Knowledge gaps around use of bisphosphonates in young horses identified in review

Knowledge gaps around bisphosphonate use in young/exercising horses have been identified by researchers. Photo: File
Knowledge gaps around bisphosphonate use in young/exercising horses have been identified by researchers. Photo: File

A critical gap in scientific knowledge surrounding the effects of bisphosphonates in exercising horses under two years of age has been highlighted in a just-published review.

Bisphosphonates intervene in the bone resorption process, producing cellular death of osteoclasts, which are vital bone cells involved in bone turnover.

These drugs are used for skeletal conditions, such as osteoporosis in humans, and are available for veterinary use.

Clodronate and tiludronate are bisphosphonates approved for treating navicular syndrome in horses aged four or older. In effect, the drugs can strengthen the bones of mature horses.

However, they are sometimes used off-label in juvenile animals under exercise, where osteoclast activity is higher. Bisphosphonate use in juvenile and/or exercising animals could have harmful effects, including poor adaptation to exercise or accumulation of microdamage.

Furthermore, bisphosphonates can be bound to the skeleton for several years, resulting in a prolonged effect with no pharmaceutical reversal available.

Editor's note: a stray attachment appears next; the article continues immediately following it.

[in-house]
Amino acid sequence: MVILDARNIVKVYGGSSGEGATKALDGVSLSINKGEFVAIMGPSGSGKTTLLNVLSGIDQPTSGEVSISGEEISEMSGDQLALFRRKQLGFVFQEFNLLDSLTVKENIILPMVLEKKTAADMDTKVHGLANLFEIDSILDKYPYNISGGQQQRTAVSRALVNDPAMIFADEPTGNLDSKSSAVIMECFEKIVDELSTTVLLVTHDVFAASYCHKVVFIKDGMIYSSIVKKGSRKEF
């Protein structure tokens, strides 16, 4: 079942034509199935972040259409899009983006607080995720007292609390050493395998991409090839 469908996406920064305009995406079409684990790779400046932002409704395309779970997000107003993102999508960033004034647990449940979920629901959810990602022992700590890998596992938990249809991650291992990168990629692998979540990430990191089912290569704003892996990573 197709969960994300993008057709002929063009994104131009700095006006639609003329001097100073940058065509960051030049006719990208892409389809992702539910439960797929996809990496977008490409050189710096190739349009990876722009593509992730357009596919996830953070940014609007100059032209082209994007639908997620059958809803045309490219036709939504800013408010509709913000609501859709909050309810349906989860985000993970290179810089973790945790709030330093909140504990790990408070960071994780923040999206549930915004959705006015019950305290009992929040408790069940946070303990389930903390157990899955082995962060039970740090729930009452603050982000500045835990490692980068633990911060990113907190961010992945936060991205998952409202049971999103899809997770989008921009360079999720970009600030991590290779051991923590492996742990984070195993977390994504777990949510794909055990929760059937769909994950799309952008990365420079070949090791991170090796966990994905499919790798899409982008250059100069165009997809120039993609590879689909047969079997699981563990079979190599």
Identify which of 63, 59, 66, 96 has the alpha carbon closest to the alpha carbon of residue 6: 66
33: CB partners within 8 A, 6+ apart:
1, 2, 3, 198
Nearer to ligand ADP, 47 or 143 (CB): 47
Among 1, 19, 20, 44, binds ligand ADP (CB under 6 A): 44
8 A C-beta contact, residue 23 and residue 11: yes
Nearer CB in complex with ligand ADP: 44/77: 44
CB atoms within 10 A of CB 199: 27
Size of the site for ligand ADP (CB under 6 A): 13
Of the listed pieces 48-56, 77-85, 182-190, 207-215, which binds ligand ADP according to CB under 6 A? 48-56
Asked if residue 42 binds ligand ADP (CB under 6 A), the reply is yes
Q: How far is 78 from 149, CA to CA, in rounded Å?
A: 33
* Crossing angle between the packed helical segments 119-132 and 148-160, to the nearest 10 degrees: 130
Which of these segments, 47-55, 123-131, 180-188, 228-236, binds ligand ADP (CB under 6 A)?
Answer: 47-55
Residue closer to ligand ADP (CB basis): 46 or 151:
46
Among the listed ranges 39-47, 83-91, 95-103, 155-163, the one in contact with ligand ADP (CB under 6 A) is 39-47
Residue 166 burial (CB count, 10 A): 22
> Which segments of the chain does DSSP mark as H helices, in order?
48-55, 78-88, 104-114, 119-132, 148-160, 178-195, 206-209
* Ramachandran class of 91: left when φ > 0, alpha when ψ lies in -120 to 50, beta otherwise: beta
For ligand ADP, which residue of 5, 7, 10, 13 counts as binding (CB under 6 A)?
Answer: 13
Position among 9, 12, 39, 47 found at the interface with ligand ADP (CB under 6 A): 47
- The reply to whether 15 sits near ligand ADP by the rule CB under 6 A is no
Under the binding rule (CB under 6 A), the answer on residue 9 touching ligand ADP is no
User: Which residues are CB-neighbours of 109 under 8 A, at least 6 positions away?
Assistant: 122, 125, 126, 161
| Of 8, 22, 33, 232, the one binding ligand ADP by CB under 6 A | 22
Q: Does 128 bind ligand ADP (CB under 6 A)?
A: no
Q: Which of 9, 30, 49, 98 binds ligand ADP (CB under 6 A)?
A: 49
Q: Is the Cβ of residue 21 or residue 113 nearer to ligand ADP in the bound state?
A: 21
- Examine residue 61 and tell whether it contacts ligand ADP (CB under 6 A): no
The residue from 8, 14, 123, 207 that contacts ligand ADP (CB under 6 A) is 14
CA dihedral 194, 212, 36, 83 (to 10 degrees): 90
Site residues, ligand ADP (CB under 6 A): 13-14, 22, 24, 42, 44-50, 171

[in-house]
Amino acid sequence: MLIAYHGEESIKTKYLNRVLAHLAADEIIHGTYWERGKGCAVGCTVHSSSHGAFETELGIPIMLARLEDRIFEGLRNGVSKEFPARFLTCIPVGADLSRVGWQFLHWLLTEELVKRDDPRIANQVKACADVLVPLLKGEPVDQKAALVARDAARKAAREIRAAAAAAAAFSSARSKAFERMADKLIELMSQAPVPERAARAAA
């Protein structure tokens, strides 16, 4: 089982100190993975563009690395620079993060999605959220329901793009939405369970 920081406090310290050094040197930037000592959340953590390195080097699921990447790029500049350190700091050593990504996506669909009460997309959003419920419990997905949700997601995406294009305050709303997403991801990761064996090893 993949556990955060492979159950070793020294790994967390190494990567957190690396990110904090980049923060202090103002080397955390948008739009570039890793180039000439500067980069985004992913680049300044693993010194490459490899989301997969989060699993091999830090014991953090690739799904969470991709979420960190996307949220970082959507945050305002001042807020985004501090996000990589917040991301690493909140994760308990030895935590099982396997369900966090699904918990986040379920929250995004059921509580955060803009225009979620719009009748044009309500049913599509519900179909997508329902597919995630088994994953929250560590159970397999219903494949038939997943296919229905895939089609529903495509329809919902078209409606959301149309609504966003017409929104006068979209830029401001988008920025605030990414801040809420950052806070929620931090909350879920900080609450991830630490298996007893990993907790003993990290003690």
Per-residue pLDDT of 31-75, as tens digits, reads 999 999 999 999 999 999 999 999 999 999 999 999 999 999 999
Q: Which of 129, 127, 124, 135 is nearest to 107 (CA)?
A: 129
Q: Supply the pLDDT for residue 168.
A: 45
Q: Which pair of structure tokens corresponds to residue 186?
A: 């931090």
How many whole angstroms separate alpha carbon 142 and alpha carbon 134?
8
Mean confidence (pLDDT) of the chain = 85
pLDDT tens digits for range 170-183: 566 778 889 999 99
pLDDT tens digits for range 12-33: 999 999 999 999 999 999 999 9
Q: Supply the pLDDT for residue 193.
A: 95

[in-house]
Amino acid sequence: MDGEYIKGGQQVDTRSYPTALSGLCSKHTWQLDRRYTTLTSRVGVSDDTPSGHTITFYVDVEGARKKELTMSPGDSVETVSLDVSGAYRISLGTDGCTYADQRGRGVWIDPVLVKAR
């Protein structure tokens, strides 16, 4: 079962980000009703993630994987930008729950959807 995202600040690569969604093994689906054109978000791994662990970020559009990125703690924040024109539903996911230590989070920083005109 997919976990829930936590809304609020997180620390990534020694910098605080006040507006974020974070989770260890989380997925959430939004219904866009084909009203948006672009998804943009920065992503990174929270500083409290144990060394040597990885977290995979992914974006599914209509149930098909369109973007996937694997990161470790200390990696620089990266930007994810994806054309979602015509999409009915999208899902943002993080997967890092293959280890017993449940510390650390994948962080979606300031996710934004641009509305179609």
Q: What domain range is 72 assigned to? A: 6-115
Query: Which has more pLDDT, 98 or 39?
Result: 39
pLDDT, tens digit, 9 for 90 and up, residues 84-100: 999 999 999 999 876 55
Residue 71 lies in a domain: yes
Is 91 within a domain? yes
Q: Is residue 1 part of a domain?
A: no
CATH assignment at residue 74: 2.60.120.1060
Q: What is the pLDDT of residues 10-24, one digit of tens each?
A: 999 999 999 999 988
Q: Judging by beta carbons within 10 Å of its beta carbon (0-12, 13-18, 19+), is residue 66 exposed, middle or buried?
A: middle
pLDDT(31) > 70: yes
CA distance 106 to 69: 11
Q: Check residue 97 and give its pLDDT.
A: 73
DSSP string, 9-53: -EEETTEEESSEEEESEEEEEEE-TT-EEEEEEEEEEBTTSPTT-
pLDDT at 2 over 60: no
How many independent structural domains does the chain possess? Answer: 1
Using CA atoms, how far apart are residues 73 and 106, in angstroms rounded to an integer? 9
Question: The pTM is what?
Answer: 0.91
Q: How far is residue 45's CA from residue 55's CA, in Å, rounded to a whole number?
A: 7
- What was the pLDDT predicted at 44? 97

Michigan State University researchers Fernando Vergara-Hernandez, Brian Nielsen and Aimee Colbath conducted a review to provide an overview of osteoclast function and explore bisphosphonate characteristics, including their mechanisms of action and side effects.

In doing so, they hoped to contextualize the potential for adverse/side effects in young or exercising animals.

The trio, writing in the journal Animals, noted that bisphosphonates, in addition to their effects on bone resorption, are believed to have anti-inflammatory and painkilling effects. This makes them an attractive potential treatment for multiple diseases, including osteoarthritis.

“These pain-relieving effects could be beneficial for some individuals, but in human or animal athletes, masking pain could also be dangerous and lead to further deterioration of joint conditions,” they said.

Bisphosphonates have short- and long-term side effects. Humans treated with the drugs can experience short-term problems, including fever, muscle aches, vomiting, and transient low blood calcium levels.

Long-term exposure in humans can result in serious side effects, including bone necrosis of the jaw and atypical femur fractures. Similar bone-related problems have been noted in other species.

In horses, short-term side effects may include kidney toxicity, especially when the animal has a history of renal disease or has been treated with nonsteroidal anti-inflammatory drugs. Transient colic-like symptoms have also been documented after intravenous infusion.

“Other adverse side effects have not been well documented in horses,” they said, “but a lack of documentation may be related to the scarcity of long-term studies currently available.

“Bisphosphonates can be present in the skeleton of horses for long periods of time, potentially masking pain, and are documented to cause adverse bone effects in multiple species,” the review team wrote. “Consequently, further investigation into the relationship between bisphosphonates and bone injuries in horses is crucial for equine health.”